My junior Hip Hop class requests songs by pop artists like Bruno Mars or Katy Perry —but sometimes I simply cannot give them what they want because the music represents themes that a normal 10-year-old should never have to hear.
I crouch at my laptop and search for a song on my iTunes that would be an ideal warm-up song. My mind scans quickly through the songs as I ask myself, ‘Does Rihanna swear in this song?’ ‘Is it okay to have the word ‘g-string’ or ‘arse’ in a song?
As a dance teacher, it is my responsibility to play music that is appropriate for the age group in the room. This upcoming generation is all about ‘what’s trending on YouTube’—but on the radio, they hear the bleeped out, hardly making sense version, which is actually about raunchy porn and dope. And, daughters or sons are singing along to it blissfully unaware of the terms ‘grinding’ or ‘lick you up for dessert’?
I would be lying if I said I’ve been completely perfect with the swearing radar. There are times where I play a song and realise this is not the clean version! I run frantically to my sound system and quickly change the tune, but sometimes I am too late. No matter how clean a version says it is, there is always one word that sneaks in. Even on Spotify or iTunes, the word ‘explicit’ next to a song title means very little these days as there are still rude words and blatant sex references in those songs.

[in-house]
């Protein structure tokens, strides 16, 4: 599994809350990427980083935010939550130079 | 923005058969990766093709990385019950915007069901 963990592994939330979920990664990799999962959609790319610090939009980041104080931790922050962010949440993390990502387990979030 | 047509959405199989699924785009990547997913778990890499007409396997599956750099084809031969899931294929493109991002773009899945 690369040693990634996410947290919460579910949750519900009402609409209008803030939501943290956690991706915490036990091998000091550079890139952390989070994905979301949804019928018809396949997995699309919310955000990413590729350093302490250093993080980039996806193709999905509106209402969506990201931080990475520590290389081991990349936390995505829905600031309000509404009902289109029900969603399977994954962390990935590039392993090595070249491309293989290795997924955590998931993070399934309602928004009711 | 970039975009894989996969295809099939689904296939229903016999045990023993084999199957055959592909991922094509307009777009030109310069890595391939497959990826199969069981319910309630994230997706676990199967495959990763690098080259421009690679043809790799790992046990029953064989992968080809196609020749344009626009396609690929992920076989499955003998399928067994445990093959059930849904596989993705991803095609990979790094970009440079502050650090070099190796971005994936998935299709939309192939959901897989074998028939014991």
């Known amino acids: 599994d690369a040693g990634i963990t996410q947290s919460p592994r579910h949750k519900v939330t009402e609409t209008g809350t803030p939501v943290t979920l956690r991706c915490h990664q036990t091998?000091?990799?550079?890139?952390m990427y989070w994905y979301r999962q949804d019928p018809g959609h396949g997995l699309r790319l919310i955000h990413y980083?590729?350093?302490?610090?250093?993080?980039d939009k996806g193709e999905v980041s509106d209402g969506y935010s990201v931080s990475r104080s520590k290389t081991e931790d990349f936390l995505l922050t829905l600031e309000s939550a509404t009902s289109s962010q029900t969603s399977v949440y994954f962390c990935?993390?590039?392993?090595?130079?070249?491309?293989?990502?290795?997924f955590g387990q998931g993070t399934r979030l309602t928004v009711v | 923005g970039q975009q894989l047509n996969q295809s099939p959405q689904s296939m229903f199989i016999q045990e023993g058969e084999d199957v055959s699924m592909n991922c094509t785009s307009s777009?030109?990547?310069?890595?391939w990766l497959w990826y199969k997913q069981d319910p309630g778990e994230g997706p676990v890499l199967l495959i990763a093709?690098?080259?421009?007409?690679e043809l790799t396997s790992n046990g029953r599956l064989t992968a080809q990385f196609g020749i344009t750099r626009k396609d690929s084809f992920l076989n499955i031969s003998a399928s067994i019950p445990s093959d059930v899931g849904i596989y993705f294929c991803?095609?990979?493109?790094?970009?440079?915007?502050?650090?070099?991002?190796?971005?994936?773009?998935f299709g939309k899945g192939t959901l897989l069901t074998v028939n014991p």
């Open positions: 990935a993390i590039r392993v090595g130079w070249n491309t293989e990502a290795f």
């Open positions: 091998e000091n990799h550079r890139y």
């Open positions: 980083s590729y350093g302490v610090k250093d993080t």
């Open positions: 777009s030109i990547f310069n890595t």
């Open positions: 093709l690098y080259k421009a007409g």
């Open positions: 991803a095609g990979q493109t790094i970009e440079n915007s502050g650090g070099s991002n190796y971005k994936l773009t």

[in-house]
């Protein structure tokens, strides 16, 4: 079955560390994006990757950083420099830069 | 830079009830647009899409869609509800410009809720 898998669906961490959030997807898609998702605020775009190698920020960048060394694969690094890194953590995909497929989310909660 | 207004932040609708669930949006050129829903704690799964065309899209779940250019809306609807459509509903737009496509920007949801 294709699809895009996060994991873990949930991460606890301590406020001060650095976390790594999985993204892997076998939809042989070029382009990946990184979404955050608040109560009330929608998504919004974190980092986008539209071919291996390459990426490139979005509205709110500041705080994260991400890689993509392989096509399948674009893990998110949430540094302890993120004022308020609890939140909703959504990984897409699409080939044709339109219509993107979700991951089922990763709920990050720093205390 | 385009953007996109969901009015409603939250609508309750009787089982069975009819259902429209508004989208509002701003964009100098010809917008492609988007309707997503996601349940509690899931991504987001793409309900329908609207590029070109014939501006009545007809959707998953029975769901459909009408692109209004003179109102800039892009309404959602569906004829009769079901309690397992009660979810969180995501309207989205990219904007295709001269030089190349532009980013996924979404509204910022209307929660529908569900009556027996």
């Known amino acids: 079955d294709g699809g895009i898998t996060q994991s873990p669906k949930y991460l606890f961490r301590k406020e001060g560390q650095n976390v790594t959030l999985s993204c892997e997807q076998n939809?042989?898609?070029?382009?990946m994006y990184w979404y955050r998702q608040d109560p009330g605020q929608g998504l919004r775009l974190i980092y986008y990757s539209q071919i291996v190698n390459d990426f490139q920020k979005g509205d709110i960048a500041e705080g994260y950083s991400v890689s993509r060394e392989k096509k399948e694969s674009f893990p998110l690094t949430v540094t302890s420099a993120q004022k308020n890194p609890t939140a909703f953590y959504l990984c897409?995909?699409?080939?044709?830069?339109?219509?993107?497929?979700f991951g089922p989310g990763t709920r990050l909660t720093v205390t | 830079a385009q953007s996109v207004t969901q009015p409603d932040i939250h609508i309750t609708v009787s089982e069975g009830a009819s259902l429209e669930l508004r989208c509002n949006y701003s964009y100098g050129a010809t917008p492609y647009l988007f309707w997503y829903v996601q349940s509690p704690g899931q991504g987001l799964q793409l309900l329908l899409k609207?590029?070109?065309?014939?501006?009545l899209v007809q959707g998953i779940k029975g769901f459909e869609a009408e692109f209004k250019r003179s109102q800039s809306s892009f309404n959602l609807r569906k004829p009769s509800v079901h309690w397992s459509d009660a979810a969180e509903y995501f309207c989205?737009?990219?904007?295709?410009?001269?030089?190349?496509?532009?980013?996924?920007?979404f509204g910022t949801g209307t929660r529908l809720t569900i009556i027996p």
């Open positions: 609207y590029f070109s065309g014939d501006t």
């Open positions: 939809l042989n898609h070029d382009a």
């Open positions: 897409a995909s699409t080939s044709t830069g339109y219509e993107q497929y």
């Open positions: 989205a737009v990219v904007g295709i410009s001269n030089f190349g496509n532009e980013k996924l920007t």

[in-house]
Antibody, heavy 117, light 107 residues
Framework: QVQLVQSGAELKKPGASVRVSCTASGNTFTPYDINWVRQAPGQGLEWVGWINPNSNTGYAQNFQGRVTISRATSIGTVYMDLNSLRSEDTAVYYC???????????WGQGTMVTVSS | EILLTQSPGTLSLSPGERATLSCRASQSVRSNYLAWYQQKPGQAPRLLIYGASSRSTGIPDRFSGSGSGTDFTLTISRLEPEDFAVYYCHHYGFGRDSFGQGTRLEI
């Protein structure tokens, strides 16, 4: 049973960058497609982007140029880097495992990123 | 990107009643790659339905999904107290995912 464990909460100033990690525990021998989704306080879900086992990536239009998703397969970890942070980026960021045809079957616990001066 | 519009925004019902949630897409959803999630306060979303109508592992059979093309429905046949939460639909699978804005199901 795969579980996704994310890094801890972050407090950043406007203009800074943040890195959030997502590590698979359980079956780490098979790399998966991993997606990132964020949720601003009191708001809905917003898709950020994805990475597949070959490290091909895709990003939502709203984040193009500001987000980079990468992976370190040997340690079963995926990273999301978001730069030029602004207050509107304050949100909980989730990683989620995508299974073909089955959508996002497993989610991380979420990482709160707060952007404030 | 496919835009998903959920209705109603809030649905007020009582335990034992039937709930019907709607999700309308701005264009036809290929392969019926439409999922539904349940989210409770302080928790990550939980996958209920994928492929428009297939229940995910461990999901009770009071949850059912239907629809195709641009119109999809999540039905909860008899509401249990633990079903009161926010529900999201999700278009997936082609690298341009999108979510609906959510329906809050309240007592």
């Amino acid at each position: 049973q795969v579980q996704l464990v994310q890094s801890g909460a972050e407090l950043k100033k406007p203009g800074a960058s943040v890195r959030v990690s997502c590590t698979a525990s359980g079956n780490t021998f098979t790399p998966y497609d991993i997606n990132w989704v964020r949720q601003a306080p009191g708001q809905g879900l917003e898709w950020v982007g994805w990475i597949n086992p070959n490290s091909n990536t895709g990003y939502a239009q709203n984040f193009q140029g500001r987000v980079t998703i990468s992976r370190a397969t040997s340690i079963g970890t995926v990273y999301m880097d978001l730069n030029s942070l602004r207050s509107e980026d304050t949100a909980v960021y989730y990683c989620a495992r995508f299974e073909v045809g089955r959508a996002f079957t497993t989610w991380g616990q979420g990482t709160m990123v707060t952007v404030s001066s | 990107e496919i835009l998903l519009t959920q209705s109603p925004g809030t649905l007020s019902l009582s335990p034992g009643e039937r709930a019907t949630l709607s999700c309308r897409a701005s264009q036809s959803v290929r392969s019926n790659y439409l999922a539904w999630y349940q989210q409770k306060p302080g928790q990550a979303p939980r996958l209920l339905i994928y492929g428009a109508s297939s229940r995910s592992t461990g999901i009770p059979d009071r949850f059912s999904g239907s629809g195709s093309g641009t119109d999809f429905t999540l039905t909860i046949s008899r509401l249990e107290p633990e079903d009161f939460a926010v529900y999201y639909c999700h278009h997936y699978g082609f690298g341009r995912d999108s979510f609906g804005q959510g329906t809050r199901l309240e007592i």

Do not reinvent yourself with dirty talk Let me tell you something popstars, you can still be cool and successful without the words B***h, s**t, f**k and so on. You know your audience is the early teenager upwards. You know your songs are played during school pick-up and drop off. Even if you wish to reinvent yourself to suit an older demographic, you will always attract the children so long as your music is in the public pop domain. You have the power to send messages to children all over the world with a click of a button, and you choose to swear and show your nipples in a see-through blouse on your latest video clip?
What kind of example are you setting for these budding dancers who just want to become your backup dancer one day?
Themes are just as bad as the actual swearing Swearing is one thing to consider, but let’s talk about what YOU are actually saying. Can we please move on from the sex, lies and dirty talk? If I hear another line that contains ‘booty, arse-clapping, swish-swish bish, IDGAF, popping cherries’ or any of the like, I will have to start writing my own songs. Michael Jackson—one of Pop’s greatest icons, had dynamic beats and unique themes about politics, discrimination, romance, dancing and having a good time. He did not need to swear because the attacking tone stood in the strong bass beats.
The question you need to ask is this: Would you play your songs to your own children (let’s say aged 7+) or would you consider the language offensive?
All of you big popstars need to focus on what your music is doing to young people. How do you want to make your audience feel? Are you teaching them a lesson in your lyrics? Try expanding from the sexual tones and into the intellectual, emotional tones that truly tug at heartstrings and activate brainwaves.